Here are some of the latest health and medical news
developments, compiled by the editors of HealthDay:
Ebola Can be Transmitted by Air: Study
The deadliest form of the Ebola virus can be transmitted by air
between species, according to a new study.
Canadian scientists conducted experiments that showed the virus
was transmitted from pigs to monkeys without any direct contact
between the animals,
Limited airborne transmission may be contributing to the spread
of the disease in some parts of Africa, the researchers said in
their study published in the journal
Ebola viruses cause deadly hemorrhagic fevers in people and
non-human primates. While fruit bats have long been considered the
natural hosts of Ebola, a growing body of research suggests that
wild and domestic pigs could be a hidden source of the most deadly
form of the virus, Ebola Zaire,
"If they do play a role in human outbreaks it would be a very easy point to intervene" said Gary Kobinger, of the National Microbiology Laboratory at the Public Health Agency of Canada. "It would be easier to vaccinate pigs against Ebola than humans."
PeaPod Infant Travel Beds Recalled
About 220,000 Kidco PeaPod and PeaPod Plus Travel Beds for
infants and toddlers are being recalled due the risk of
suffocation, and one death has been reported, the U.S. Consumer
Product Safety Commission says.
Children can roll off the edge of the inflatable air mattress,
become trapped between the mattress and the fabric sides of the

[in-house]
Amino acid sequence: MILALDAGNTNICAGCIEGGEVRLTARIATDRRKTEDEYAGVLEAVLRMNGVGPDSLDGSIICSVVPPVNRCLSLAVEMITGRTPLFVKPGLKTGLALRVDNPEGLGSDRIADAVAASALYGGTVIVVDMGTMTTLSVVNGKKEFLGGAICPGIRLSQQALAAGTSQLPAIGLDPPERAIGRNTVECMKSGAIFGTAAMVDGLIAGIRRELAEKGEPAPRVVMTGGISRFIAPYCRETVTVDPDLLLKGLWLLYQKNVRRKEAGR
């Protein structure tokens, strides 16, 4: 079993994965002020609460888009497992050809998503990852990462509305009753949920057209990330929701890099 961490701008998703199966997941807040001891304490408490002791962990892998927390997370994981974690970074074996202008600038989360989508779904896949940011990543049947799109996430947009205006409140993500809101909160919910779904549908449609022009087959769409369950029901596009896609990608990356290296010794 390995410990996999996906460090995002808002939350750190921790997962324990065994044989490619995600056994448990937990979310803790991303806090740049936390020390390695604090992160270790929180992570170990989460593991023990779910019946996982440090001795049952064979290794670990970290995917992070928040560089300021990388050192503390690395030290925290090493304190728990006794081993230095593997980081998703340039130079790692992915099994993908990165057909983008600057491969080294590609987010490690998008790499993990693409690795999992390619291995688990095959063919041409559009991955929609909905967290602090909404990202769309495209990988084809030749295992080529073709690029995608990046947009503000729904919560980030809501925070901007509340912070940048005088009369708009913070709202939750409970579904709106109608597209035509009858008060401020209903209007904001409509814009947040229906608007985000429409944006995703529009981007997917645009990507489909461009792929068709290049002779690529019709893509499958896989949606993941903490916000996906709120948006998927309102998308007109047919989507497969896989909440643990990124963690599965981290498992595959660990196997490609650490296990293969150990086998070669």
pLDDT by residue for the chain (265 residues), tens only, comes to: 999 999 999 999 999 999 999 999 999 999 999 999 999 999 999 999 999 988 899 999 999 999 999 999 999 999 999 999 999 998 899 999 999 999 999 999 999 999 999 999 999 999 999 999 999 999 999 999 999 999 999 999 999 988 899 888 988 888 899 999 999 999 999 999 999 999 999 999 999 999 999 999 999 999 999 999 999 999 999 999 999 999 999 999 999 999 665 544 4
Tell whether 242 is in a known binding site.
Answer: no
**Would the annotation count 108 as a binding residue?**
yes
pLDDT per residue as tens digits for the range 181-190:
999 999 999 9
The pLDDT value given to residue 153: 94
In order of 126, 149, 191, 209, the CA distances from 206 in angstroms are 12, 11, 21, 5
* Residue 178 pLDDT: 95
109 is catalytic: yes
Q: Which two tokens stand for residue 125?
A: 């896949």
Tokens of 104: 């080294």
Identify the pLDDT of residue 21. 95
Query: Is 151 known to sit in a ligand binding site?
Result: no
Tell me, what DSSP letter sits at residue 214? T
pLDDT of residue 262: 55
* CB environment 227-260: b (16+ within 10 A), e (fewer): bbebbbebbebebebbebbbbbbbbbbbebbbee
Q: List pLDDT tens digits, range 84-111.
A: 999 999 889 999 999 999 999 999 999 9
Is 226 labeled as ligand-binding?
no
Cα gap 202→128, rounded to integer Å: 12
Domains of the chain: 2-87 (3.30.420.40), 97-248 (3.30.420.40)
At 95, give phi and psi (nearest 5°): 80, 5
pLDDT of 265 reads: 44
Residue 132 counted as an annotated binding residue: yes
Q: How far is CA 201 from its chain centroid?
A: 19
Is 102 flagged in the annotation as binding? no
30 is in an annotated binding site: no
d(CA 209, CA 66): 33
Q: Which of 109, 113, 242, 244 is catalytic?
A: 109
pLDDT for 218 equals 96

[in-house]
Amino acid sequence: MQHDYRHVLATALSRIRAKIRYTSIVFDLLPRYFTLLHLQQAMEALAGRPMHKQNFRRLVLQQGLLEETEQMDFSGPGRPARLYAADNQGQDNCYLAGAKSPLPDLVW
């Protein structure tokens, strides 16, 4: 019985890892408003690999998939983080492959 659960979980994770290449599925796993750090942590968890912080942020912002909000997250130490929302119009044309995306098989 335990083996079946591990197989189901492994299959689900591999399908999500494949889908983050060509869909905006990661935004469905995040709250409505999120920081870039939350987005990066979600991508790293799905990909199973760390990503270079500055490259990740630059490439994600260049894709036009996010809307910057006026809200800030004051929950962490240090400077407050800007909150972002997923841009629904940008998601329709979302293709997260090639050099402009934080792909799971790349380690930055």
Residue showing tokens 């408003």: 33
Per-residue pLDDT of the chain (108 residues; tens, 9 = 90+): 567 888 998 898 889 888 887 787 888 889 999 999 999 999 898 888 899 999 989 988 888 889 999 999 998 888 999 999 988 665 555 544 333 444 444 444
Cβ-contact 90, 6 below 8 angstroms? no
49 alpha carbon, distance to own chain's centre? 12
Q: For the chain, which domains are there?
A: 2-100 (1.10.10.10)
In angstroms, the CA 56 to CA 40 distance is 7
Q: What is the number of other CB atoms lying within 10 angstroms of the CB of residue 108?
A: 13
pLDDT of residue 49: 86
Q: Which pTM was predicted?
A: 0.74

small, portable sleep tents, and suffocate.
In December 2011, a 5-month-old boy in New York City was found
dead with his face pressed against the side wall of the tent. The
cause of death was not determined, the CPSC said.
In addition, there have been six reports in the U.S. and three
in Canada of children who became trapped or suffered physical
distress in the tents. In two of the six U.S. cases, infants were
found beneath a mattress that had not been inserted into the
zippered pocket on the bottom of the tent.
Consumers with these products should immediately stop using them
and contact KidCo Inc. of Illinois to get a free repair kit, the
CPSC said. Contact the company toll-free at 1-855-847-8600 or go to
the firm's website.
Einstein's Brain Was Different: Study
A new study confirms what many have long believed -- Albert
Einstein's brain was "unlike those of most people."
Researchers examined recently rediscovered photos taken of
Einstein's intact brain after he died in 1955. The brain was later
dissected and cut into 240 separate blocks for analysis,
"Although the overall size and asymmetrical shape of Einstein's brain were normal. The prefrontal, somatosensory, primary motor, parietal, temporal and occipital cortices were extraordinary," said study leader Dean Falk, an evolutionary anthropologist at Florida State University.
"Einstein's brain has an extraordinary prefrontal cortex, which may have contributed to . . . some of his remarkable cognitive abilities," Falk noted in the study, USA Todayreported.
The study was published Friday in the journal
States Given Extension On Health Insurance Marketplace
The deadline for states to decide if they'll create their own
health insurance marketplaces or let the federal government do it
for them has been extended to Dec. 14, Health and Human Services
Secretary Kathleen Sebelius announced Thursday.
Republican governors had been complaining about the original
Nov. 16 deadline, mainly because HHS had not given them details
about the structure of a federal exchange,
"While receiving a letter of intent now will help us assist states in finalizing their application, a state may submit both a letter of intent and an application to operate its own exchange by December 14," Sebelius said in a letter to the Republican Governors Association.
Last Friday, Sebelius announced that states would have nearly a
month extra (until Feb. 15) to submit plans for their exchanges if
they decided to set up their own,
The health insurance exchanges are part of the Affordable Care
Act and are meant to provide consumers with a side-by-side
comparison of policies' prices, coverage and out-of-pocket
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